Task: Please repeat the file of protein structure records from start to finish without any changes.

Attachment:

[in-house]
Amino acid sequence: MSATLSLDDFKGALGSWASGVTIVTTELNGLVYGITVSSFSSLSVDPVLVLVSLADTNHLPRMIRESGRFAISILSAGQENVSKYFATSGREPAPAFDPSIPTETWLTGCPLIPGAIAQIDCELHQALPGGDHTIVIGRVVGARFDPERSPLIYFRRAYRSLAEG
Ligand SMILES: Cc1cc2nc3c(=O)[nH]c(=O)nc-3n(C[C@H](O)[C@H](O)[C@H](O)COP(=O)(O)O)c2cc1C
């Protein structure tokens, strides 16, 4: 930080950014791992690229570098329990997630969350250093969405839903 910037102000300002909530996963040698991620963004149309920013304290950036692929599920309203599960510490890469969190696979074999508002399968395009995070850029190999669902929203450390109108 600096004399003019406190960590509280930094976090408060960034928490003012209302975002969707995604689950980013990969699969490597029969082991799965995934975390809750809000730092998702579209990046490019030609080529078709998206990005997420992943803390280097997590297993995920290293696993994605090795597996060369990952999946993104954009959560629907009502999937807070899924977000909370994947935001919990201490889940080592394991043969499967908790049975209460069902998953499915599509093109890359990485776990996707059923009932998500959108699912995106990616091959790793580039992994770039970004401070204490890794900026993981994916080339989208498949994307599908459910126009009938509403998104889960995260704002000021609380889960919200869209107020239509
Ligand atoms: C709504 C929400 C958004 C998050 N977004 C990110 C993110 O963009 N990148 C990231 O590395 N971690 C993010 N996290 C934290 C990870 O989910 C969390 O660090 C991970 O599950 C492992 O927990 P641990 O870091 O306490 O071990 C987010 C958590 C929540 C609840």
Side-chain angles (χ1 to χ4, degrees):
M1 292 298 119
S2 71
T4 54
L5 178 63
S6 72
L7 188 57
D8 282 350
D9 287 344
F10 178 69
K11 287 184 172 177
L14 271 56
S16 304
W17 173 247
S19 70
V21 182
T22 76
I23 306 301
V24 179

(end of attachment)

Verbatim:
[in-house]
Amino acid sequence: MSATLSLDDFKGALGSWASGVTIVTTELNGLVYGITVSSFSSLSVDPVLVLVSLADTNHLPRMIRESGRFAISILSAGQENVSKYFATSGREPAPAFDPSIPTETWLTGCPLIPGAIAQIDCELHQALPGGDHTIVIGRVVGARFDPERSPLIYFRRAYRSLAEG
Ligand SMILES: Cc1cc2nc3c(=O)[nH]c(=O)nc-3n(C[C@H](O)[C@H](O)[C@H](O)COP(=O)(O)O)c2cc1C
């Protein structure tokens, strides 16, 4: 930080950014791992690229570098329990997630969350250093969405839903 910037102000300002909530996963040698991620963004149309920013304290950036692929599920309203599960510490890469969190696979074999508002399968395009995070850029190999669902929203450390109108 600096004399003019406190960590509280930094976090408060960034928490003012209302975002969707995604689950980013990969699969490597029969082991799965995934975390809750809000730092998702579209990046490019030609080529078709998206990005997420992943803390280097997590297993995920290293696993994605090795597996060369990952999946993104954009959560629907009502999937807070899924977000909370994947935001919990201490889940080592394991043969499967908790049975209460069902998953499915599509093109890359990485776990996707059923009932998500959108699912995106990616091959790793580039992994770039970004401070204490890794900026993981994916080339989208498949994307599908459910126009009938509403998104889960995260704002000021609380889960919200869209107020239509
Ligand atoms: C709504 C929400 C958004 C998050 N977004 C990110 C993110 O963009 N990148 C990231 O590395 N971690 C993010 N996290 C934290 C990870 O989910 C969390 O660090 C991970 O599950 C492992 O927990 P641990 O870091 O306490 O071990 C987010 C958590 C929540 C609840």
Side-chain angles (χ1 to χ4, degrees):
M1 292 298 119
S2 71
T4 54
L5 178 63
S6 72
L7 188 57
D8 282 350
D9 287 344
F10 178 69
K11 287 184 172 177
L14 271 56
S16 304
W17 173 247
S19 70
V21 182
T22 76
I23 306 301
V24 179